The moments of early adventure are fleeting. To help you get a handle on capturing creative photos of your little adventure buddy, try a few of the tips below:
Don’t get hung up on a pose
You might think it’s the perfect shot, but if your kid isn’t having it, it’s better to let it go. Remember, a tear-stained face isn’t the look you’re going for in photos and a meltdown is not a memory you want to create in their early adventures.
With that in mind:
Let them guide you
Maybe you’ve looked at too many Insta-star baby photos and are now hoping to capture a replica for yourself. While having a plan in mind is a good thing, keep in mind that your little one is their own person. Let them be your guide. When they choose how to explore the world—tucked safely in a parent’s arms, running wild through a meadow, or staring intently at a bug—their unique personality shines through.
A bonus is seeing the trail or campsite through their eyes, which brings us to the next tip:
Get on their level
Taking photos from your adult-sized eye-level churns out pretty standard photos. But if you position yourself so the camera is at your little buddy’s height, you’ll get photos that tell their story of the adventure.
You can break this rule if you want to emphasize their tiny size in a landscape (e.g., getting overhead and shooting down at them), or give them the role of Godzilla conquering the mountains by getting on the ground and shooting up at them.
Those tiny boots. Those mini mittens. The details of pint-sized gear are irresistible and perfect for macro shots or portrait moments.
In addition to pint-sized gear, don’t forget the details of the outing. Capture your little one’s eyes while mesmerized by the campfire, or studying a snowflake on their gloves. Get the folds of their fingers wrapped around a striated rock they just pulled out of the stream. Catch them in a quiet, still moment while looking at clouds, or in a highly-energized display of splashing in the lake.
To help you make sure you don’t miss the shot:
Shoot in burst mode (multi-shot)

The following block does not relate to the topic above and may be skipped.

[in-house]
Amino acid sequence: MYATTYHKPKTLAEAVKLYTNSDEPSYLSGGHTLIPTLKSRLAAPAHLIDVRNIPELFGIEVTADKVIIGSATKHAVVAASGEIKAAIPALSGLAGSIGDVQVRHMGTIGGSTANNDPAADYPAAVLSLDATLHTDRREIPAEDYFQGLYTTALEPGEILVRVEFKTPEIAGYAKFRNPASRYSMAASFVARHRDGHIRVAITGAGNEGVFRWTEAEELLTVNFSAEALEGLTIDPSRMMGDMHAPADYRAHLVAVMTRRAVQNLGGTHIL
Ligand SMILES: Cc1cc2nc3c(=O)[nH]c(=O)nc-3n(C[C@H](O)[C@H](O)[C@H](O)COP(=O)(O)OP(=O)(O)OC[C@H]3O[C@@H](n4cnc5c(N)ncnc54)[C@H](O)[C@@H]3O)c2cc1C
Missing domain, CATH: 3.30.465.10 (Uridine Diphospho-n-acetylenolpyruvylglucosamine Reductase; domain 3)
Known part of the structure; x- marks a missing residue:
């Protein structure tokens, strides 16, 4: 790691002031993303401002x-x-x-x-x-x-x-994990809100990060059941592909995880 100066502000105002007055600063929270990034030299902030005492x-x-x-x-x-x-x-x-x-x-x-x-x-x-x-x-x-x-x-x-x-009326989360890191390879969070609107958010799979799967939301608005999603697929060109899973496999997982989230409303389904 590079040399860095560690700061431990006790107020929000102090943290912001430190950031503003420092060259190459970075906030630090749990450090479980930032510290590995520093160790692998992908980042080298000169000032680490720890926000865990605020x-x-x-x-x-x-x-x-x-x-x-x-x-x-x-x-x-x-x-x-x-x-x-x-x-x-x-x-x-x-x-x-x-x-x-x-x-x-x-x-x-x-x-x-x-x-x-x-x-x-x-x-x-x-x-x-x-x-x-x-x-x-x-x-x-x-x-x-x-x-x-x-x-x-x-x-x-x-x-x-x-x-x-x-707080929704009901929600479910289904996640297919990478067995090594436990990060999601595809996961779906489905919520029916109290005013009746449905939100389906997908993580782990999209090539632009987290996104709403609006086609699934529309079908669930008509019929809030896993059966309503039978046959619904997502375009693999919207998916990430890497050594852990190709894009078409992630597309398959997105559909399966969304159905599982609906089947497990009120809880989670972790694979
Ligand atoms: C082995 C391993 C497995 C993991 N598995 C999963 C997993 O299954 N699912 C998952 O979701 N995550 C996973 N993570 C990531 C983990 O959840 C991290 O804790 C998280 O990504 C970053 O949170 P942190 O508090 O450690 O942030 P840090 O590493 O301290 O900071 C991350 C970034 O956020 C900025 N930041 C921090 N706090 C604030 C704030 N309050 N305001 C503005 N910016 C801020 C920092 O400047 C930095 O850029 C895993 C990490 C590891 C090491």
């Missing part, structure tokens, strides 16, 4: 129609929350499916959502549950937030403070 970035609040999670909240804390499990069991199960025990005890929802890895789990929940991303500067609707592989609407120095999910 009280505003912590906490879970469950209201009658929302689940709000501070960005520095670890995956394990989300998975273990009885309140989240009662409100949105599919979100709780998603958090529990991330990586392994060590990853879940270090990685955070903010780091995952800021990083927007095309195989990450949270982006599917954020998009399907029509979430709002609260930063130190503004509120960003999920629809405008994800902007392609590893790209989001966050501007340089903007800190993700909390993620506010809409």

Kids move fast, change expressions quickly, and get distracted easily. To make sure you’re not missing any of the action—expected or unexpected—shoot in burst mode.
Burst mode fires off a series of photos while you hold down the shutter-release button. This will help ensure you capture all stages of motion and expression, not only in your kid, but in the falling of leaves or droplets of splashing water. If you time it right, you might even get a batch of photos that look great in series—perfect for printing and hanging on the wall when you get back home.
Think about shutter speed
Are they mobile? They may run (or are already!), so dial up the shutter speed to capture their motion in crisp detail. Tip: Make sure you know how shutter speed, available light, and ISO settings work together so you don’t miss fast-action in the field.
Is it near nap time? Lower energy means you can get more creative. Try playing with the depth of field (the amount the background is blurred) by putting your camera into aperture-priority mode and playing with the settings. You may capture a mood that you can play with from different angles.
Going back to the point of available light:
Avoid direct sun
You want to see their eyes. While the go-to might seem like putting a baseball cap on their noggins, be aware that the brim will likely cast a distracting shadow over their eyes and nose.
Instead, to keep your little ones from squinting on a sunny day, let the sun backlight them or place them in a shady area. For example, if your little one is not crawling yet (or is old enough/distracted enough to stay in one area), you can put them on the shaded side of a tent or have an adult strategically placed just out of the shot and holding a rain fly up to shelter the little one from the sun.
But most importantly:
Be relaxed & have fun!
Kids will respond to the way you feel, so if you keep things stress-free and fun, they’ll more likely be themselves. Since the point of family time outdoors is to help your little ones associate outdoors with fun, don’t stress the social-perfect photo—or even taking photos at all, if it takes away from the ultimate purpose: being part of their memories.
New to photography? Check out my foundational photo series to help you get comfortable with your camera and thinking outside the box.